The study reported the AUCs of each of the models. For those that predicted whether the patient would be hospitalised or not, neural networks and tree-based methods had an AUC of 0.81 with IQRs of 0.80-0.84 and 0.79-0.82 respectively. For those models that predicted the critical care outcome of the patient, it was found that deep neural networks performed with an AUC of 0.89 (95% CI 0.88-0.89) compared to logistic regression that performed with an AUC of 0.87 (95% CI 0.86-0.87). Finally, the study reported the accuracies of the models used to predict triage level outcome, however, stated that these accuracies are likely to be biased.

Utilisation of wearable devices for triage

A study published in 2018 investigated the use of wearable devices to perform triage in an emergency situation, such as a mass casualty incident, without the need for medical personnel. This was performed with the creation of a consciousness index. This index was used together with patient vital signs to predict patient survival. The model was trained on 460 865 cases obtained from the national trauma databank. Among the dataset, 3.9% of cases did not survive, while the other 96.1% did.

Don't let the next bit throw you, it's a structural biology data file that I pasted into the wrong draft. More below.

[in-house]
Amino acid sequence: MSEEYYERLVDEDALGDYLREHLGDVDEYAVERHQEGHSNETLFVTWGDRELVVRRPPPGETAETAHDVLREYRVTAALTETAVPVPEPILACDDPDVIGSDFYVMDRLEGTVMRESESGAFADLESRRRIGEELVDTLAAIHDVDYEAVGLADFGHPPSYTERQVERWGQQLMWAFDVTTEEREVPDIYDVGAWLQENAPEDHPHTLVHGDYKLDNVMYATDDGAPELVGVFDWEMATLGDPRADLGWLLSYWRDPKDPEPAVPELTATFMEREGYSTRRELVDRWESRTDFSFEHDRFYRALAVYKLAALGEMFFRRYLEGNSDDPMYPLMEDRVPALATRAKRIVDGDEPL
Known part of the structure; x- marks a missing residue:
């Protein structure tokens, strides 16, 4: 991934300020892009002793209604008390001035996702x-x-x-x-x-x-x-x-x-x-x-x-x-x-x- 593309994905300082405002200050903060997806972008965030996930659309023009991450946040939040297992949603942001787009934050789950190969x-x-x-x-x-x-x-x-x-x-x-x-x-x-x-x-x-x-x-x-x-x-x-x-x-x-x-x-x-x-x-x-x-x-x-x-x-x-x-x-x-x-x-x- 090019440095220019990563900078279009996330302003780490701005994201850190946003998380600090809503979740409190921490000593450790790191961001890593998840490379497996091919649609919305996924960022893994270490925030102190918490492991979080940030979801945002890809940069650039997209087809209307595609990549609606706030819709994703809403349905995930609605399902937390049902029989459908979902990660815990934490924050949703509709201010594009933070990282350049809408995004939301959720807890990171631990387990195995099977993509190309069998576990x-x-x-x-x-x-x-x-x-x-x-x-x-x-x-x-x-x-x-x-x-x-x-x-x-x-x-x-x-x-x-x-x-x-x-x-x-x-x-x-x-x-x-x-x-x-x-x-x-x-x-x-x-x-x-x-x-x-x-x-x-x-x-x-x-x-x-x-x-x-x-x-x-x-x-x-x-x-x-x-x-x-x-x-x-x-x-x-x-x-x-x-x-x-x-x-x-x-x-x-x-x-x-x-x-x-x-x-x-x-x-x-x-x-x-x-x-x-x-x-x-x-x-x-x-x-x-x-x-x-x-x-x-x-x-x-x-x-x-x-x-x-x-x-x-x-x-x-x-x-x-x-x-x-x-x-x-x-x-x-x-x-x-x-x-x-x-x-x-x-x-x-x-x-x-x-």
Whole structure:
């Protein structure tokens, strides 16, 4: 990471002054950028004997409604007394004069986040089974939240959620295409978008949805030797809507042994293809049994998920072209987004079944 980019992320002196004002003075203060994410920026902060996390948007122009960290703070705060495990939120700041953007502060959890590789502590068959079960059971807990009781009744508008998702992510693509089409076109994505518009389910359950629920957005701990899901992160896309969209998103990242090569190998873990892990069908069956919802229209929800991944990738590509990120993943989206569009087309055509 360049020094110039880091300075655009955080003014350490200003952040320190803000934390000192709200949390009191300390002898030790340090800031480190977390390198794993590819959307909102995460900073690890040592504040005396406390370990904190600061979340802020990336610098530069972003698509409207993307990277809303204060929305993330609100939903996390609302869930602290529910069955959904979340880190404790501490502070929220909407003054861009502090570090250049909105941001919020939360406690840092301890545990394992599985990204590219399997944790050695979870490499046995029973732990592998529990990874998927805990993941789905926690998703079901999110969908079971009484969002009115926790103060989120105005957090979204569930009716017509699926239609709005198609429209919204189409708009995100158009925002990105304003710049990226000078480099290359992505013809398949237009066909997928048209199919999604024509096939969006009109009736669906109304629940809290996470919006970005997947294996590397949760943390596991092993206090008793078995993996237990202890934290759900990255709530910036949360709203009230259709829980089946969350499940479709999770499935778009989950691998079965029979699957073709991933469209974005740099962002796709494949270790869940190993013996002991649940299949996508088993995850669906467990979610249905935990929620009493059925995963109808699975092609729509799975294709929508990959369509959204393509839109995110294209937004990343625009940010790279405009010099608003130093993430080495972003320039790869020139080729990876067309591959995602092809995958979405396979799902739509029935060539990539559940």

The data was used to train four models, including an existing methodology called the revised trauma score (RTS) as a baseline. The study reported AUCs with 95% confidence intervals for each of the models. The reported AUCs were 0.78 (CI 0.775-0.785) for RTS, 0.87 (CI 0.862-0.870) for logistic regression, 0.87 (CI 0.862-0.872) for random forest and 0.89 (CI 0.882-0.890) for deep neural network. These results indicate the AI has the capacity to significantly improve the survival rate predictability of patients.

Blood pressure measurement
BlooPhotographer: Mufid Majnun | Source: Unsplash

Diagnosis and direction

Triage can also be applied in a diagnostic environment, specifically with the use of online symptom checkers. Patients can be classified into different priority levels based on their existing symptoms and medical history. Thereafter, they can be directed to either self-medicate or admit themselves into hospital depending on their severity.